A Word About Word Count – well 772 actually!
Word Count. Is it important? Sort of.
Is that the answer you were hoping for? I’d be surprised if you said ‘Yes’.
So, the question is, should we all be writing our next novel with word count in mind? No. But it does help to know how many words your book is rattling up as you go along, just for the heck of it. Then when you’ve completed your great masterpiece you can check the Word Count using Microsoft Word (obviously) and you’ll be left with a figure of, let’s say 64,000 words. So what does that really mean? Is it enough? Too few? Too many? Does it really matter? Are publishers concerned about word count? Sort of.
It seems there are lots of people wanting to know the word count of popular books, and if you Google the question you’ll find one or two answers that appear to offer the magic answer, but to be honest they don’t work, well they do, but not enough times for my liking. Sort of.
Going back a year or so there was a feature on Amazon (USA only) that showed you the actual word count of some books, but as far as I can see that has been discontinued. Apologies if you know something I don’t (it’s likely) but it’s not something I want to have to rely on.
There is also a website called Renaissance that can give you the word count of popular classics etc etc, but it’s not what I’m after either.
Okay, so two things now spring to mind….what is the best word count for a modern book, be it adult fiction or children’s book, and how can we all find out the actual word count of books we like?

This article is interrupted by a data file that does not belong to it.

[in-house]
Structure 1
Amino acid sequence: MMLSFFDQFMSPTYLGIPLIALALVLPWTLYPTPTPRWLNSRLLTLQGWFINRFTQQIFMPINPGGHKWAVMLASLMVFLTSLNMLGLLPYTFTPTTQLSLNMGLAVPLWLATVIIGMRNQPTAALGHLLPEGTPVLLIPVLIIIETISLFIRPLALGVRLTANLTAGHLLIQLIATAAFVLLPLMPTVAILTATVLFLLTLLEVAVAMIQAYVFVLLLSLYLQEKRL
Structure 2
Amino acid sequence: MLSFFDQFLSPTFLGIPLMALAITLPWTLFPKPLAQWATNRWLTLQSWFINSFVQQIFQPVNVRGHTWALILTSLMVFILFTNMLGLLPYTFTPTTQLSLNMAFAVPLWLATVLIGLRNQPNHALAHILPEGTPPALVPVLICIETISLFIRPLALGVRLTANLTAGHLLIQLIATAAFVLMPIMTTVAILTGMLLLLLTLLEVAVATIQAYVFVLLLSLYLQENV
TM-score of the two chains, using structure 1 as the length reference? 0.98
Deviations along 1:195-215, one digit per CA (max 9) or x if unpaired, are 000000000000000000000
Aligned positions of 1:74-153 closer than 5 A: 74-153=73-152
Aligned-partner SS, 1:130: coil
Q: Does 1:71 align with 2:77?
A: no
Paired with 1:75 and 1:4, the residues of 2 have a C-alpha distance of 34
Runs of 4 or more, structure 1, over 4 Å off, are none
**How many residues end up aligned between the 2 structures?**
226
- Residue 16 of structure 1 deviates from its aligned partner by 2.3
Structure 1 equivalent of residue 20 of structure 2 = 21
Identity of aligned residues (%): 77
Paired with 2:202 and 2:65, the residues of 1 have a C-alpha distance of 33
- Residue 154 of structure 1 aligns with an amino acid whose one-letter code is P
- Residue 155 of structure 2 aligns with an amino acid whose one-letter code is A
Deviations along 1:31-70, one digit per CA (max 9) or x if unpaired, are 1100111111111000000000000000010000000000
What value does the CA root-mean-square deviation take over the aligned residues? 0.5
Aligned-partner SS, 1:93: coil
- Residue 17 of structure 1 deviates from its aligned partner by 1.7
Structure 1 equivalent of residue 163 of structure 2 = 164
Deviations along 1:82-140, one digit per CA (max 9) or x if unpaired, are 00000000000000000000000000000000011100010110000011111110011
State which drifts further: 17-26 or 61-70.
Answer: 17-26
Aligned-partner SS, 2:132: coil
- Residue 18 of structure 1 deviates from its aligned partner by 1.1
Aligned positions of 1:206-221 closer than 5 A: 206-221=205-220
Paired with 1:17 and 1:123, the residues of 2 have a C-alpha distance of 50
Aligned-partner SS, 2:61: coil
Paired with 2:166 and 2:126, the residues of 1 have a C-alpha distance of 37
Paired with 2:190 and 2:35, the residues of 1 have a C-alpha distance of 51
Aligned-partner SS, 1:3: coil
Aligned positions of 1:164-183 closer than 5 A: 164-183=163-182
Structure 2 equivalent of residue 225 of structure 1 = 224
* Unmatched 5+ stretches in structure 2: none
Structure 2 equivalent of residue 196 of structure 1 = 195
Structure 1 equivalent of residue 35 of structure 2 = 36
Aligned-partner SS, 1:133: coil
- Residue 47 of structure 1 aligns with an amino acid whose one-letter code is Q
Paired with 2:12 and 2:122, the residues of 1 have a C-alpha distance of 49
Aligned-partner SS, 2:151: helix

Answers: there is no ‘perfect’ book length but I can give you some ideas. According to some pundits the ‘average’ length of a novel is around 64,000 words. But average, as we all know, is meaningless. However it does give us a starting point. Lord Of The Flies was 62,000 (give or take) Brave New World was 64,000. Yet there are examples like War And Peace at 544,000 and Hitchhikers Guide To The Galaxy at 46,000.
So word count in itself is meaningless in some respects. Sort of. If the book is good it will sell and be popular. I remember someone once saying to me “Children’s books should be short, there’s no point writing War and Peace!” Oh yeah? Harry Potter and the Order of the Phoenix is 257,000…
But, here comes Answer 2, which I think is where it does get interesting. Sort of.
I find word count works with books I really enjoy. I’m intrigued by word count. I often try and guess the word count just by the feel of the book and a quick glance through it. Yes, that does sound rather sad doesn’t it? Slightly more difficult is to try and estimate word count by just reading and enjoying (or not). But it’s not accurate. The only accurate (ish) (sort of) way to find the word count is to count them yourself. ‘What?’ I hear you cry. ‘You cannot be serious?‘. Yep. Sort of.
It’s easy enough to do. This is my way. You may have a better one, but this works for me. I look for a page with a full dense page of text and I count the number of words accurately…lets say 260 words.
I then count a slightly less dense page…they are there……it comes out at 240 words. I now have my ‘dense page’ average of 250.
I casually flip through the book and look for half pages or short pages and count them (roughly)…these will average out at half pages. I make a note of the half pages.
And finally I check the number of pages in the book. With a calculator I multiply page number by average page count less the half pages…..it sound ridiculously difficult and time consuming but in reality it isn’t and it’s surprisingly accurate. And that’s what I do. I like to know what’s what.
Sorry to have taken so long to explain all this word count business, and I forgive you for thinking “Steve, why bother? Life is too short (484 billion words)” to which I can only reply, “It’s just something else I can use in my checklist to try to get the best possible book” plus, on one last serious point….. in my role as self publisher, word count let’s me tell my potential clients how large their book will be and the cost of printing that number of pages. It’s what I do. That’s why I do it I suppose. Sort of.